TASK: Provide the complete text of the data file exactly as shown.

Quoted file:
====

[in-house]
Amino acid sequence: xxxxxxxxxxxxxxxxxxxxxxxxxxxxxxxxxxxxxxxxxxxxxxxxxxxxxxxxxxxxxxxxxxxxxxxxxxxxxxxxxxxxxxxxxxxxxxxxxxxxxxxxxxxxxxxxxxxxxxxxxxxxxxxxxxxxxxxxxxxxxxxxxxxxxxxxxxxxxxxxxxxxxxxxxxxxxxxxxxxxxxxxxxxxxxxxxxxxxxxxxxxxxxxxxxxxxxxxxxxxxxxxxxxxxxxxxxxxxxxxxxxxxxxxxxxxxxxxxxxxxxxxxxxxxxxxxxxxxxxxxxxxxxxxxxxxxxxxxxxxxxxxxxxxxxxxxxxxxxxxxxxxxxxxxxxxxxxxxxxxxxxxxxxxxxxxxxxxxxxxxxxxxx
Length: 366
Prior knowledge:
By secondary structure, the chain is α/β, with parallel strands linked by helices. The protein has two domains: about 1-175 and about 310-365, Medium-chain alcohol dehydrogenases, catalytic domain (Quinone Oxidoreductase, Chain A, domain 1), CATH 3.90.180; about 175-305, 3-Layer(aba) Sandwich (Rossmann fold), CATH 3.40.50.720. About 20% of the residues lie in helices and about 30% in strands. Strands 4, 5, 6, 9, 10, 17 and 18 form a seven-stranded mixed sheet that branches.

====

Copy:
[in-house]
Amino acid sequence: xxxxxxxxxxxxxxxxxxxxxxxxxxxxxxxxxxxxxxxxxxxxxxxxxxxxxxxxxxxxxxxxxxxxxxxxxxxxxxxxxxxxxxxxxxxxxxxxxxxxxxxxxxxxxxxxxxxxxxxxxxxxxxxxxxxxxxxxxxxxxxxxxxxxxxxxxxxxxxxxxxxxxxxxxxxxxxxxxxxxxxxxxxxxxxxxxxxxxxxxxxxxxxxxxxxxxxxxxxxxxxxxxxxxxxxxxxxxxxxxxxxxxxxxxxxxxxxxxxxxxxxxxxxxxxxxxxxxxxxxxxxxxxxxxxxxxxxxxxxxxxxxxxxxxxxxxxxxxxxxxxxxxxxxxxxxxxxxxxxxxxxxxxxxxxxxxxxxxxxxxxxxxx
Length: 366
Prior knowledge:
By secondary structure, the chain is α/β, with parallel strands linked by helices. The protein has two domains: about 1-175 and about 310-365, Medium-chain alcohol dehydrogenases, catalytic domain (Quinone Oxidoreductase, Chain A, domain 1), CATH 3.90.180; about 175-305, 3-Layer(aba) Sandwich (Rossmann fold), CATH 3.40.50.720. About 20% of the residues lie in helices and about 30% in strands. Strands 4, 5, 6, 9, 10, 17 and 18 form a seven-stranded mixed sheet that branches.